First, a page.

You are sick too long and come too often—his pride is offended. He feels guilty. He resents you and is sick of your pawing. Now you hate him more but you feel guilty for it, so you try to get better to please him—but you only make yourself worse, and your need for him increases. The doctor resents you more, now it’s his turn to feel guilty and he tries harder to help you—you both continue to get worse. Round and round you go. You may even be secretly aware that he likes you for being sick, so you may even pretend to be sicker than you are to get the security your ego needs.
All that happens in an analysis is a transference or shifting of dependence from the parent to the “healer.” Our need for anyone gives power to others to destroy us. Some of us grow up to play god as doctor, priest, business tycoon or politician. But since most of us fail, we must remain content to be the “children of god.” That is to say, we use “our parent” as children try to do to tend to our psychic needs and little hurts—and enjoy being spoiled rotten in the process.
Look around and see what happens to the fool who seeks emotional security. First, he cops out to his wife who turns out to be his boss, god or even father figure. His employer plays the female game to the hilt— that is, he offers him the sky and builds up his ego sense of importance, then takes him for all he is worth and, when he is all used up, spent and incompetent, and no longer userful to him, he fires him (“divorce”). The buck finally passes “up” to the top of the totem pole of human wretchedness, as political salvation for big business, and the whole mess eventually is dominated by a dictator who lives at the expense of all.
It’s hell from the top down—each person corrupting and exploiting his inferior: psychically, mentally, emotionally and financially. Since we need to find security through a parental equivalent, why not return to our true parent-consciousness deep within?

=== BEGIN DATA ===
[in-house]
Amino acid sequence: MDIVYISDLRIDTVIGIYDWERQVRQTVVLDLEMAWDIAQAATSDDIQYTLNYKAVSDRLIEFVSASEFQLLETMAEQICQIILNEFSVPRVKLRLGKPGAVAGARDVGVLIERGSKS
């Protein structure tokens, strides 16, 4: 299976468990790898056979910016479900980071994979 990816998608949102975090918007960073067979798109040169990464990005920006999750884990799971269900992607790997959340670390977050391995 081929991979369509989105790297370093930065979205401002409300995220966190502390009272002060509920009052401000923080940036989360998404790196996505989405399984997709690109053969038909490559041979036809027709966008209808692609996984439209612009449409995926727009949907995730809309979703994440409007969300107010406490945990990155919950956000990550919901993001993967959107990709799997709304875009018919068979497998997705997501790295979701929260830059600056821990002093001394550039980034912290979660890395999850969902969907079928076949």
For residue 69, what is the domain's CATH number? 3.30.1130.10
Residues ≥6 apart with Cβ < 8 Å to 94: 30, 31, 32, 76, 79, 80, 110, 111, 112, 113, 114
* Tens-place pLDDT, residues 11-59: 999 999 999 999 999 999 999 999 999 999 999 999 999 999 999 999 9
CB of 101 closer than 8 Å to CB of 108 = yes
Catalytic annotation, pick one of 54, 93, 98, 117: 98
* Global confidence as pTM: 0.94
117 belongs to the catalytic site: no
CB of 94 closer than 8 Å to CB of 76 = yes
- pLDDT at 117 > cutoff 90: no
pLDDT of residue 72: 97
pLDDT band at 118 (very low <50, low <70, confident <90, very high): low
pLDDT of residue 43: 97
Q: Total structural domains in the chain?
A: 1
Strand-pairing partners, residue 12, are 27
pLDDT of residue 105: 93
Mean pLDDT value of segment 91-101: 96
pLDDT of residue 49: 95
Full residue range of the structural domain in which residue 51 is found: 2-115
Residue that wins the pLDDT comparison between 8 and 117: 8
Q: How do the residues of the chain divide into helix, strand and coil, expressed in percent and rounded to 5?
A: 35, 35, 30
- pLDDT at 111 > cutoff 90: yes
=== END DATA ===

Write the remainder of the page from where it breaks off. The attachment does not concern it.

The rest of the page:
We could do worse!
The Origins of Error
The problem shared by the entire human race has a common root, one that is seeded in infancy. An unspeakable parasitic “thing” is transmitted to each generation like an ancient family curse. As parents, we are mysteriously unaware of the scourge we carry. This “thing” infects every human spirit almost from the moment of birth. And while it lives in us it causes untold suffering, sickness, old age and a premature death in quiet or overt agony. Through it our identity is changed, and even as we start to grow we also start to deteriorate into something that provides a sort of emotional vitality (security) for that “thing” in our parents, who were the hapless victims of that same “thing” in their own parents.
Losing Our Identity to Temptation
To respond to temptation of any kind means to give up something of ourselves to that tempter. At that very moment, our reaction to the temptation causes the nature of the tempter to enter our soul and take root there. We grow up in the likeness of that temptation, with the same needs to tempt, to nag, or to feed on the life out of others.